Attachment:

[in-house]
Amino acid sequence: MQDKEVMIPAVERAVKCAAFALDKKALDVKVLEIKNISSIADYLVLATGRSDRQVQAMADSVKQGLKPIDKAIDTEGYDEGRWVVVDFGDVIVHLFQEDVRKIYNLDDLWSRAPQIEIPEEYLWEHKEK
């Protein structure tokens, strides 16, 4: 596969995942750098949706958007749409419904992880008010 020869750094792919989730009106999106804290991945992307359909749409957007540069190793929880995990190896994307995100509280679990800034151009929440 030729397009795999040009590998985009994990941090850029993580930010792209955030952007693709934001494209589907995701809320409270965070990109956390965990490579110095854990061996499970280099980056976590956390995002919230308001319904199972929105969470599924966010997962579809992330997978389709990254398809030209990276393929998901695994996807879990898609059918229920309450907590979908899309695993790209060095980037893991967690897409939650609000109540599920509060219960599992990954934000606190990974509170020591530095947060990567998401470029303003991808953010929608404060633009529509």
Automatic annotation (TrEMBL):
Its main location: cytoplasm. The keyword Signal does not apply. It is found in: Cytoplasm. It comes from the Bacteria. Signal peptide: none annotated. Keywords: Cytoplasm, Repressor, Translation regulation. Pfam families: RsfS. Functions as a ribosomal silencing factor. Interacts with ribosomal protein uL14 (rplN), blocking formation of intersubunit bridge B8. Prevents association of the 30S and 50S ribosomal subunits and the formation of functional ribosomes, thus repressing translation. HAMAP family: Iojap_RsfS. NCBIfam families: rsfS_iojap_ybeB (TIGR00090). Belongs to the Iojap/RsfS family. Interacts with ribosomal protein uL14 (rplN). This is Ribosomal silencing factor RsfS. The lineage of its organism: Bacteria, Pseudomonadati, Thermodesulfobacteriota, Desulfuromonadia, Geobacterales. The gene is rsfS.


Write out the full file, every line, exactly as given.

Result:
[in-house]
Amino acid sequence: MQDKEVMIPAVERAVKCAAFALDKKALDVKVLEIKNISSIADYLVLATGRSDRQVQAMADSVKQGLKPIDKAIDTEGYDEGRWVVVDFGDVIVHLFQEDVRKIYNLDDLWSRAPQIEIPEEYLWEHKEK
């Protein structure tokens, strides 16, 4: 596969995942750098949706958007749409419904992880008010 020869750094792919989730009106999106804290991945992307359909749409957007540069190793929880995990190896994307995100509280679990800034151009929440 030729397009795999040009590998985009994990941090850029993580930010792209955030952007693709934001494209589907995701809320409270965070990109956390965990490579110095854990061996499970280099980056976590956390995002919230308001319904199972929105969470599924966010997962579809992330997978389709990254398809030209990276393929998901695994996807879990898609059918229920309450907590979908899309695993790209060095980037893991967690897409939650609000109540599920509060219960599992990954934000606190990974509170020591530095947060990567998401470029303003991808953010929608404060633009529509």
Automatic annotation (TrEMBL):
Its main location: cytoplasm. The keyword Signal does not apply. It is found in: Cytoplasm. It comes from the Bacteria. Signal peptide: none annotated. Keywords: Cytoplasm, Repressor, Translation regulation. Pfam families: RsfS. Functions as a ribosomal silencing factor. Interacts with ribosomal protein uL14 (rplN), blocking formation of intersubunit bridge B8. Prevents association of the 30S and 50S ribosomal subunits and the formation of functional ribosomes, thus repressing translation. HAMAP family: Iojap_RsfS. NCBIfam families: rsfS_iojap_ybeB (TIGR00090). Belongs to the Iojap/RsfS family. Interacts with ribosomal protein uL14 (rplN). This is Ribosomal silencing factor RsfS. The lineage of its organism: Bacteria, Pseudomonadati, Thermodesulfobacteriota, Desulfuromonadia, Geobacterales. The gene is rsfS.